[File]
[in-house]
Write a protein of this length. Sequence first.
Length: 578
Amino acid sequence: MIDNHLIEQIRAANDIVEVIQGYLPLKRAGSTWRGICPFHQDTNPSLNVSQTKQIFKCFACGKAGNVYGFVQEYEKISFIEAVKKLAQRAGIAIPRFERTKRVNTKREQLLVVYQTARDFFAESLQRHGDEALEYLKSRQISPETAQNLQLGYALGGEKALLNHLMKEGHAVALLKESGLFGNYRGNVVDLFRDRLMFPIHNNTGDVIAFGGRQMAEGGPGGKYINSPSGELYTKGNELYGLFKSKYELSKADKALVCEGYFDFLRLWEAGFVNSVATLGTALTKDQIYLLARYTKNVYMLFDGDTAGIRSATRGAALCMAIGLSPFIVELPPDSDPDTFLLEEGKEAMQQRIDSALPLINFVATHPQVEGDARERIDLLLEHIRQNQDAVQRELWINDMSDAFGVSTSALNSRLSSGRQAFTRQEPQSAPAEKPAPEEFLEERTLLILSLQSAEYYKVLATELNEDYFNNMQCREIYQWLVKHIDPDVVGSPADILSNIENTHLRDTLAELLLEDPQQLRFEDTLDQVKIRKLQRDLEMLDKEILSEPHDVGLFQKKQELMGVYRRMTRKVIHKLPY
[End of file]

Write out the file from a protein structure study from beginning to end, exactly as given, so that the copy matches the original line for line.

[in-house]
Write a protein of this length. Sequence first.
Length: 578
Amino acid sequence: MIDNHLIEQIRAANDIVEVIQGYLPLKRAGSTWRGICPFHQDTNPSLNVSQTKQIFKCFACGKAGNVYGFVQEYEKISFIEAVKKLAQRAGIAIPRFERTKRVNTKREQLLVVYQTARDFFAESLQRHGDEALEYLKSRQISPETAQNLQLGYALGGEKALLNHLMKEGHAVALLKESGLFGNYRGNVVDLFRDRLMFPIHNNTGDVIAFGGRQMAEGGPGGKYINSPSGELYTKGNELYGLFKSKYELSKADKALVCEGYFDFLRLWEAGFVNSVATLGTALTKDQIYLLARYTKNVYMLFDGDTAGIRSATRGAALCMAIGLSPFIVELPPDSDPDTFLLEEGKEAMQQRIDSALPLINFVATHPQVEGDARERIDLLLEHIRQNQDAVQRELWINDMSDAFGVSTSALNSRLSSGRQAFTRQEPQSAPAEKPAPEEFLEERTLLILSLQSAEYYKVLATELNEDYFNNMQCREIYQWLVKHIDPDVVGSPADILSNIENTHLRDTLAELLLEDPQQLRFEDTLDQVKIRKLQRDLEMLDKEILSEPHDVGLFQKKQELMGVYRRMTRKVIHKLPY